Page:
The Unification Church's links to Japanese lawmakers has emerged as a major political issue ahead of an extraordinary parliamentary session in the fall, following the assassination of former Prime Minister Shinzo Abe, with opposition parties moving to probe such ties including within their own ranks.
Abe's assailant has said he held a grudge against the religious group because large donations his mother had made to it ruined his family, and he thought Abe was linked to the group, according to investigative sources.
The veteran lawmaker had sent a video message to a related group's gathering held in September, and the suspect said he watched it on the internet, the sources said.
The assassination of Japan's longest-serving prime minister has shed a fresh light on the church's involvement in politics, decades after the group founded by a staunch anti-communist, widely known for its mass weddings, drew scrutiny over its so-called spiritual sales, in which people were talked into buying jars and other items for exorbitant prices.
Sun Myung Moon, the founder of the Unification Church, also founded the International Federation for Victory over Communism, a political group, in Japan in 1968.
Many Liberal Democratic Party lawmakers are said to have connections with the church. It remains to be seen, however, what, if anything, the ruling party intends to do about the matter.
Some LDP lawmakers have begun disclosing their connections with the church, known formally as the Family Federation for World Peace and Unification.
Yoshiyuki Inoue, an LDP upper house lawmaker who was just elected this month, has said he is an informal member of the church, but not a religious follower. Inoue was a political affairs secretary to Abe during his first stint as prime minister from 2006 to 2007.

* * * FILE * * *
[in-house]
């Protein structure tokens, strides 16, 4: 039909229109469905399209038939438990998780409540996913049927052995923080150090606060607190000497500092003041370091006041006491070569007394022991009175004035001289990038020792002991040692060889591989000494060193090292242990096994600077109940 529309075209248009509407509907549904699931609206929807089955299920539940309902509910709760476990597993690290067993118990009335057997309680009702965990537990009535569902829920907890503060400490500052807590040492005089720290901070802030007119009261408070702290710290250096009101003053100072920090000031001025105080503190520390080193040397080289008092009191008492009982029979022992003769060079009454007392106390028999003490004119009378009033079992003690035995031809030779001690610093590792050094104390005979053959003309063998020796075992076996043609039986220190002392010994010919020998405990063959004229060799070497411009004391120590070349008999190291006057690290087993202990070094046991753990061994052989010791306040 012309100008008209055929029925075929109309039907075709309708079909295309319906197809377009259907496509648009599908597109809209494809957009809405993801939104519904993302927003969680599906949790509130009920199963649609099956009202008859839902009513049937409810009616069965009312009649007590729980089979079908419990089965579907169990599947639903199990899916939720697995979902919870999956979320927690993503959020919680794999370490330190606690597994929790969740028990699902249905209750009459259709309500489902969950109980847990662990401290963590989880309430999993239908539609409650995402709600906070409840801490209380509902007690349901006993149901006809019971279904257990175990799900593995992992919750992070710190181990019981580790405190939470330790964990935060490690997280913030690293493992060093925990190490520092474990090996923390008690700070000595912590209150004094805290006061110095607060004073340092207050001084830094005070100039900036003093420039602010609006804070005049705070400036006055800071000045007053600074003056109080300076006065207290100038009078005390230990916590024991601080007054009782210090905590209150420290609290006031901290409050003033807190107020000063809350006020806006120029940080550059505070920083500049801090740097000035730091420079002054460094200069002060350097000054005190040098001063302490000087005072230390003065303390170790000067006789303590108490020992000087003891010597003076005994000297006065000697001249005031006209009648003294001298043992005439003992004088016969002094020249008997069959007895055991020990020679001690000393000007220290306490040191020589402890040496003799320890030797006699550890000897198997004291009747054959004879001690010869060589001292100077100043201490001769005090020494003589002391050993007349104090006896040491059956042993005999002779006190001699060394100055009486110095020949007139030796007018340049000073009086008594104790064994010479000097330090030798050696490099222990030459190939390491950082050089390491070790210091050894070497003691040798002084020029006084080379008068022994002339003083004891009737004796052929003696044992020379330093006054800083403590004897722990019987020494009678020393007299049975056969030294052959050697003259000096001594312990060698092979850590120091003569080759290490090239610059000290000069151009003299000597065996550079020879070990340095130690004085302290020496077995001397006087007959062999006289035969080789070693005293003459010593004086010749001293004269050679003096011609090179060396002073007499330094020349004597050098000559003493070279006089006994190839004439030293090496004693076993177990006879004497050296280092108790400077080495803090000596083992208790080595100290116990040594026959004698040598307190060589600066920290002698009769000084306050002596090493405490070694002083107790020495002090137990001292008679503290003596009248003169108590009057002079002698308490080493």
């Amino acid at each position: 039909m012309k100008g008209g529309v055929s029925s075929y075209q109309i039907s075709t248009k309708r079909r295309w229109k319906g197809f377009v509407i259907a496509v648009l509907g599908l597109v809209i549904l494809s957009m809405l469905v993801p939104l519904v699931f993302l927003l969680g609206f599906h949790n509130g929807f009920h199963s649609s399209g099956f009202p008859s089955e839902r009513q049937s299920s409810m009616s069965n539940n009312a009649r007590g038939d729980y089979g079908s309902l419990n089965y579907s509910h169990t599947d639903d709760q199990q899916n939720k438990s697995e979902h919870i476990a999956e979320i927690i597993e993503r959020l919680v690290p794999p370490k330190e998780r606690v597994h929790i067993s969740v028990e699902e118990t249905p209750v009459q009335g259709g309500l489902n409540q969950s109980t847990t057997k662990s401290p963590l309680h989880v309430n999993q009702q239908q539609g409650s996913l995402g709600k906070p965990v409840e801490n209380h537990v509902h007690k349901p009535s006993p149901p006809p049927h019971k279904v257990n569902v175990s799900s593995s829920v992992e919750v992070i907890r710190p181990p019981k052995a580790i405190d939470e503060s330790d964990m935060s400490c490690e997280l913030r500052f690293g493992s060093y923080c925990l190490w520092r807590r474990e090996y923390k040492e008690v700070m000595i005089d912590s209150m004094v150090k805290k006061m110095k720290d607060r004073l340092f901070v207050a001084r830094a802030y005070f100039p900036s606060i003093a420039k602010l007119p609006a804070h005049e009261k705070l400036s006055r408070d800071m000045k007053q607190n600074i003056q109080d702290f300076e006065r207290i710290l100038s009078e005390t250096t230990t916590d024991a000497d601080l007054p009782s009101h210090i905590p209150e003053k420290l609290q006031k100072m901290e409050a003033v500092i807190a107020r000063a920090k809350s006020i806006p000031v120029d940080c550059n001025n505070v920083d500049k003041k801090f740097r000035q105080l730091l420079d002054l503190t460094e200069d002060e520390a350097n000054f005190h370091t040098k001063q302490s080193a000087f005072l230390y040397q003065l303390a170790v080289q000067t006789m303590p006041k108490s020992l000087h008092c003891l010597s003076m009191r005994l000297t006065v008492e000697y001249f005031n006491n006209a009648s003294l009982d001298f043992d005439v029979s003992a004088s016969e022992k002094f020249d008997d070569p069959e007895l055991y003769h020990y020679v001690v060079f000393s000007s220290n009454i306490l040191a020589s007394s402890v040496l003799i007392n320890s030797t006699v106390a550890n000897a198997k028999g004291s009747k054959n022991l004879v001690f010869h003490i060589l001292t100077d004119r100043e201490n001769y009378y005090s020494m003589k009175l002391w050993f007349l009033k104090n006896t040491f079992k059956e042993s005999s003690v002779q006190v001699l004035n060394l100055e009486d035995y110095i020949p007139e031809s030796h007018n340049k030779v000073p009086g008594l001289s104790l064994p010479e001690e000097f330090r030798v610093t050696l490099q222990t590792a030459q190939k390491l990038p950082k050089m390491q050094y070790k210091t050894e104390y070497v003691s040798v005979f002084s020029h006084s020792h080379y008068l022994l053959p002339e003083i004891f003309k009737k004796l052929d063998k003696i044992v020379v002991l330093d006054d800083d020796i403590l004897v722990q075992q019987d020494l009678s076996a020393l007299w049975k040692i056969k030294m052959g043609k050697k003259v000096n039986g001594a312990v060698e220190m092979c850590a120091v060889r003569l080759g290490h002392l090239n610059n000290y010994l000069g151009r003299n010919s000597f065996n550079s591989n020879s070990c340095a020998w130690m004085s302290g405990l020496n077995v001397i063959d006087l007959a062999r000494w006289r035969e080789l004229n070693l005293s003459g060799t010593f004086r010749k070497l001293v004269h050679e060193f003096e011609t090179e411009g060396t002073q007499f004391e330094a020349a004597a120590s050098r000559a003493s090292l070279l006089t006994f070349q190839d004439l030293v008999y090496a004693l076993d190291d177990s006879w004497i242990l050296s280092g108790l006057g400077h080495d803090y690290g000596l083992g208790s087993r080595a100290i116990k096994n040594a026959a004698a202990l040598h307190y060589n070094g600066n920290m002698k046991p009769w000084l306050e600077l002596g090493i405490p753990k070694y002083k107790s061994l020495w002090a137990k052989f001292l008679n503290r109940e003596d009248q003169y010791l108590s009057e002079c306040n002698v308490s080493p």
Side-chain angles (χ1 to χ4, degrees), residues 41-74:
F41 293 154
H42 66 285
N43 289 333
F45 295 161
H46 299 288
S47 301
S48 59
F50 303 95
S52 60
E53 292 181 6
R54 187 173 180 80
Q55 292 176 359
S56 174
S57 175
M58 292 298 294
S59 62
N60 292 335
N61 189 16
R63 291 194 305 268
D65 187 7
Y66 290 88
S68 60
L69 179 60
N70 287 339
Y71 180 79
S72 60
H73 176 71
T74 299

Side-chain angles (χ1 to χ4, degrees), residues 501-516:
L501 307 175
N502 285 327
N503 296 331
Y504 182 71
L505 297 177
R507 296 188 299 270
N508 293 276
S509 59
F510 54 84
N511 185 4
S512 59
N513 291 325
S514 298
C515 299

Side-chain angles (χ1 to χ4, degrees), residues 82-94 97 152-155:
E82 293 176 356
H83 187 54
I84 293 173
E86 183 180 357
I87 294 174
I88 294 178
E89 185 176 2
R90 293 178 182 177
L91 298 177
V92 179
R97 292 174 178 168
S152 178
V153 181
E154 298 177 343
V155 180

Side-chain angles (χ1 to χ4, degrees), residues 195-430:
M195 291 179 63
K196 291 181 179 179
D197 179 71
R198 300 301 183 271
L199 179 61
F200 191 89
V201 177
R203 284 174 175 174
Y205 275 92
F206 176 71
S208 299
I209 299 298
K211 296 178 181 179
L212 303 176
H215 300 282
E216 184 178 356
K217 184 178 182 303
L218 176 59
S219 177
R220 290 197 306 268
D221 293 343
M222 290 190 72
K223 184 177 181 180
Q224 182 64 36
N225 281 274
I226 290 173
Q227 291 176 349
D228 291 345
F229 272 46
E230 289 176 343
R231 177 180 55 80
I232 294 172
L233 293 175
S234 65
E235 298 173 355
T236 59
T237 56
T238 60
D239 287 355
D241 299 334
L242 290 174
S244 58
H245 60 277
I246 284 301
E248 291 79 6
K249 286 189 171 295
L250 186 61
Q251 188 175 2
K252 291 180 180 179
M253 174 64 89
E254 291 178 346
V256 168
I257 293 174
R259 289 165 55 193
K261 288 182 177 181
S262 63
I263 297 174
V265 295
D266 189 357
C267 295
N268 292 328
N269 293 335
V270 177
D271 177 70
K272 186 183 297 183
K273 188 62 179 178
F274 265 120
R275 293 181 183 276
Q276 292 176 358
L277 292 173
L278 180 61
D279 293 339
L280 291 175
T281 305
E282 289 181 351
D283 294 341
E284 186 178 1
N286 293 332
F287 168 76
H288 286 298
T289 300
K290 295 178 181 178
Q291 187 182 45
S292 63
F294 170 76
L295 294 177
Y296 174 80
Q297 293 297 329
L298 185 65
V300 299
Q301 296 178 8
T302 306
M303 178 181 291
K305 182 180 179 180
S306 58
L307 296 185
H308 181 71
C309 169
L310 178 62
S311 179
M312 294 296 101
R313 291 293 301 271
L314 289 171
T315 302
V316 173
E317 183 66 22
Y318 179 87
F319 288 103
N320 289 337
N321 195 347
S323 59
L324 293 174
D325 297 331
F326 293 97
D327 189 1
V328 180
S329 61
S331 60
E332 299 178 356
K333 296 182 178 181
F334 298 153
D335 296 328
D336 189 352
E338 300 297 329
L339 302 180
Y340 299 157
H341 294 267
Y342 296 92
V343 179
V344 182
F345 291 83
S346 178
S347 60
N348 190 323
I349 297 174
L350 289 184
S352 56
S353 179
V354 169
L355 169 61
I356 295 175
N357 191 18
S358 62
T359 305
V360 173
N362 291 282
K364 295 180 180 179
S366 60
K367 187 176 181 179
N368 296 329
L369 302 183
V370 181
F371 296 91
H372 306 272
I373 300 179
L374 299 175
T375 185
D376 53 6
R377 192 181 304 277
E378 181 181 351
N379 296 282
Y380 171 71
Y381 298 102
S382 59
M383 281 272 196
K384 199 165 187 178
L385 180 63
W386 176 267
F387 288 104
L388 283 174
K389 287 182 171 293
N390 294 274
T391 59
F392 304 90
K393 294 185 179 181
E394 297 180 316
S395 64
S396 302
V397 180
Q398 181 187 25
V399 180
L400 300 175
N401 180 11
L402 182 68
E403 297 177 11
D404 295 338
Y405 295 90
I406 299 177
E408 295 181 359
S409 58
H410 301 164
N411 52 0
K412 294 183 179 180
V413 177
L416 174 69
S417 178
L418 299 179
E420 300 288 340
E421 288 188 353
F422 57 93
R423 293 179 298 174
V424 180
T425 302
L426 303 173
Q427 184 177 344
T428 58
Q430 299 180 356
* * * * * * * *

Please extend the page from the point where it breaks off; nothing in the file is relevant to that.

In a statement to Kyodo News, Inoue said he became an informal member because the group approved of his legislative policies. He denied receiving or making donations, or paying membership fees, or being asked to do so.
Education minister Shinsuke Suematsu, also an LDP House of Councillors member, acknowledged Friday that two people from the church had bought tickets for his fundraising parties between 2020 and 2021. He denied doing favors for the church or getting help from it during election campaigns.
The opposition has begun efforts to investigate the scope of the links between the church and lawmakers.
The Japan Innovation Party plans to ask its lawmakers if they are connected and disclose its findings, following reports that one of its lawmakers had links to the church.
The Democratic Party for the People says it may need to take action if problems are uncovered internally. Its leader, Yuichiro Tamaki, has admitted receiving a donation from a former president of Sekai Nippo, a publication known to have close ties to the Unification Church.
The Japanese Communist Party on Thursday held the first meeting of an investigative team set up to look into lawmakers' links to the church. Akira Koike, head of its Secretariat, pledged to pursue the matter in parliament to uncover cases of "collusion."